October 1, 2023
We all have that dish we guard jealously, refusing to part with even a morsel. For most, it might be a slice of cheesecake, a secret family recipe, or a rare wine. But my obsession is something you'll find on the Instagram feed of only a few influencers. For me? It's my love for the Giant African land Snail. And no, I refuse to share.

In my culinary adventures, few experiences matched my love for the Giant African land Snail. I have wanted to write about this for a long time, so be prepared to follow me on this gastro adventure.

It is the story of a spirited girl who was guided by her taste buds and fell in love with a delicacy beloved by half of her country and vehemently despised by others.

As some of you might know, I have always been food-curious. I also like to travel to destinations in search of food.

My journey to Northern Nigeria

My first encounter was at an eating joint in the ancient Islamic city of Kano, Nigeria. I had just graduated from university and was full of adventure. All graduates had to serve the government for a year in the National Youth Service Corp (NYSC) program. I opted to serve in Kano, a 10-hour perilous journey if travelling by road. My parents, who knew me well, did not even protest but ensured I safely flew in to start my service.

My first taste of the Giant African land snail

Kano is a scorching and arid town as it is very close to the Sahara desert. But this evening was balmy, with a dark sky full of stars and promise. My friends decided we would spend our evening at a local joint that had abundant food and drinks. I agreed. When some opted for fried and stewed snails, I did the same. I vaguely remember eating them when I was young.

With my first bite, the tender meat infused with spices and peppers filled my mouth with a burst of earthy flavour, and it was love at first bite! The Giant African land Snail has a distinct, rich taste with a chewy, meaty texture like squid. Some people will compare it to tofu or mushrooms, but I have no comparison. The way it’s cooked influences its taste. If grilled or fried, it will be crispy on the outside and crunchy on the inside. In a pepper sauce, it is chewy and absorbs the juice.

Gastro search of other Snail dishes

For those who know Moby Dick, I became Ishmael in search of her white Whale. I wandered from eating joint to eating joint, tasting the different preparations – grilled, fried, stewed. Still, nothing came close to that first taste. It was my secret indulgence, my foodie mission, that I refused to share. Some may call me selfish, but I could not help myself.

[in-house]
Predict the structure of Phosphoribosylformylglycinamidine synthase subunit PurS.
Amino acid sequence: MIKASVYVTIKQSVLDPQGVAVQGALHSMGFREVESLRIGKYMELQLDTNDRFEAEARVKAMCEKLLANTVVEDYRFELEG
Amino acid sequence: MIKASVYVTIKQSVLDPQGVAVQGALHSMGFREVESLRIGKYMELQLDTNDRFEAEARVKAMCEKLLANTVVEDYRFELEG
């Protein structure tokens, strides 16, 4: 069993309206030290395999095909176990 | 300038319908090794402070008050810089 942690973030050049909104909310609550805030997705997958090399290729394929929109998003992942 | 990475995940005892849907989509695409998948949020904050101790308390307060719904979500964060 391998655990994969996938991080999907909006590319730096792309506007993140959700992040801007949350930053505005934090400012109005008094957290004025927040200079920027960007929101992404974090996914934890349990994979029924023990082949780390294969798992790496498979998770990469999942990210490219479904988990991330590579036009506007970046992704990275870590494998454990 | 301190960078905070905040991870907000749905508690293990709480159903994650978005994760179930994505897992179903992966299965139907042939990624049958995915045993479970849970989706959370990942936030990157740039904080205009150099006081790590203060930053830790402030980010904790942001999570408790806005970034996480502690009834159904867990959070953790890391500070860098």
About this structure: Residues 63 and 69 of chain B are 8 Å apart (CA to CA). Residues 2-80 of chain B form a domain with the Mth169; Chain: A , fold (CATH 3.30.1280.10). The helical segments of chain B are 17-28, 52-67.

If you walk into any Nigerian restaurant, you will find a snail on the menu, and it is popular, especially with a glass of beer!

That year, I spent most of my money on food, but it was worth it. I consumed several dishes, including Fura da Nono and savoured the local yoghurt, Suya, the delicious skewered meat originating from the North, Kilishi, the grounded spicy dried meat, and so many others. I shall be writing more about my gastro adventure during this period.

The Giant African land Snail – Delicacy or Pest

The irony of my adventure is that the snail would have been brought in from the South of Nigeria, which has a more humid climate with lots of rain. The Giant African land Snails love moist, dark places like the common garden snail or slug eats vegetation.

But they are considered disease-ridden pests in the USA, and Florida continues to battle to eradicate them. They have been known to eat through vast tract of vegetation and destroy crops in the process.

“The Giant African land snails are back in Florida, spurring intensive efforts to destroy the invasive molluscs before they spread and wreak agricultural and environmental destruction.”


It made me realise that what some cultures consider rare delicacies might be unsavoury to others.

However, many African countries and places worldwide cannot get enough of them, and they are imported in vast quantities to satisfy the appetite of Africans in the diaspora. The Giant African land Snails can grow up to 22 cm long and weigh up to 1 kg. Lots of meat for me!

Cooking the Giant African land Snails

Now you want to know how the snails are cooked. You can find many snail recipes on YouTube, but I will still tell you my cooking style. During the pandemic, I discovered an African shop that sold the snails down my road. I bought plenty with the happy knowledge that everyone in my household hated them, and I didn’t have to share.